Researchers have discovered a new hiding place for spyware: Chrome extensions.
Credit: ShutterstockResearchers from ad-blocking software company AdGuard have uncovered a number "browser extensions and mobile apps" that are invisibly collecting the browsing history of over 11 million users.
Among these are productivity manager Block Site for Android, iOS and Firefox; iOS ad-blocker Adblock Prime; Chrome and Firefox extension Popper Blocker; and mouse-gesture customizer CrxMouse. (It's worth noting that the research comes from AdGuard, a competitor.)
What to Do Now
If you have any of these apps and are concerned for the security of your browsing history, we recommend disabling them immediately. This should serve as a reminder to all users going forward: Don't download apps from developers you don't know.
As a failsafe, Android users can go into Settings, look for Security and make sure Unknown Sources is toggled off.
Insidious Extensions and Apps
The researchers found that the Chrome and Firefox extensions were sending an exact address of every page a user visited to a remote server. On iOS, the apps offered to install a Mobile Device Management profile from Safari directly to users' phones. This gave Big Star Labs access to the list of apps present on the device and user browsing history, and could also allow it to remotely install third-party apps.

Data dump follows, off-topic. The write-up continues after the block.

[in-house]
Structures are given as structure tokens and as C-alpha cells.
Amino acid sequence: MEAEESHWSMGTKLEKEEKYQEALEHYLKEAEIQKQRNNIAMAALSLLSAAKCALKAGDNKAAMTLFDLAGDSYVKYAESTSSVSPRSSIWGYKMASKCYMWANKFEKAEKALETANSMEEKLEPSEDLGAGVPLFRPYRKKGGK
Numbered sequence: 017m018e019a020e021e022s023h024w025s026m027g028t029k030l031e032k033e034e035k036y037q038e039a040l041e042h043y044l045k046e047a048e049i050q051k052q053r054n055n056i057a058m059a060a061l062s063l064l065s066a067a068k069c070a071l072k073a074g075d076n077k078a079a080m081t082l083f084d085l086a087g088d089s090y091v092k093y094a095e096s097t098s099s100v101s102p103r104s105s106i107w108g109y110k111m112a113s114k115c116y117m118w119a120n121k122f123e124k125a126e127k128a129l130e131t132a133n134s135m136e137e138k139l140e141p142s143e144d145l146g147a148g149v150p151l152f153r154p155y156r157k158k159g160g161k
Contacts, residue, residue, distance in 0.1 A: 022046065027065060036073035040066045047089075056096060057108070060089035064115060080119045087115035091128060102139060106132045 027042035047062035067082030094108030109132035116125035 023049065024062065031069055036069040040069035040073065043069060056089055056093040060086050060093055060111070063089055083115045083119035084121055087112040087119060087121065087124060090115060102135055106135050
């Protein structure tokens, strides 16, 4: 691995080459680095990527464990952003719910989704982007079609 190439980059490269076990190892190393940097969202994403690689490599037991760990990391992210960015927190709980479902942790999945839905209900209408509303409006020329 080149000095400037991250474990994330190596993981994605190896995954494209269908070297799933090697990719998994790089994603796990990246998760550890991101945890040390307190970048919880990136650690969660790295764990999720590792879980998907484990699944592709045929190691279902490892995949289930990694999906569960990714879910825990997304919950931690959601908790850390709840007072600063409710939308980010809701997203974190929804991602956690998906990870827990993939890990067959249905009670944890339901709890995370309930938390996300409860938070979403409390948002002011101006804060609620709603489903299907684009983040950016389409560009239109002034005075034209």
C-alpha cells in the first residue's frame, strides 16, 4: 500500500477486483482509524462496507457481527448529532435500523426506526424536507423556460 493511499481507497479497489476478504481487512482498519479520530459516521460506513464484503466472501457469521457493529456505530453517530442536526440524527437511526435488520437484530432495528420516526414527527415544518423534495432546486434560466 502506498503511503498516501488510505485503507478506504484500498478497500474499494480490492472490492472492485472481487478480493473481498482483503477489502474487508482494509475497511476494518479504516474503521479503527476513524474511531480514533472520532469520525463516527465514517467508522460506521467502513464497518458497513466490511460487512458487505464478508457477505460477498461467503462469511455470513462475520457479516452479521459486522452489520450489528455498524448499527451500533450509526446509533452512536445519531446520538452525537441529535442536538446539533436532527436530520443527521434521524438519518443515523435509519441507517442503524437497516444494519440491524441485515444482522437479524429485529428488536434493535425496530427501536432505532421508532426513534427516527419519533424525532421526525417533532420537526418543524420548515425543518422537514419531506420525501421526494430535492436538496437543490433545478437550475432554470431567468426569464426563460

The Android apps requested access to the "Accessibility Services" section of a user's settings, the section that allows users with disabilities to optimize their interactions. Once granted that access, Big Star Labs can remotely tap and swipe on a user's device, and extract page URLs from the browser's address bar.
A number of apps were doing this in direct violation of their privacy policies, many of which claimed that they anonymized ISPs associated with users, or that they didn't share browsing data with third parties.
Who Is Behind This?
The researchers say the apps and extensions belong to a Delaware company called "Big Star Labs." This company doesn't seem to have much in the way of an internet presence, and the researchers only discovered it by perusing privacy policies.
Why is this a problem? Because of the ambiguity of the source of this tracking collection, it's unclear who exactly has your browsing data from these apps. It's also unclear who they'll be selling it to. As we learned from last year's Equifax breach, your data may be at risk even in the hands of reputable actors.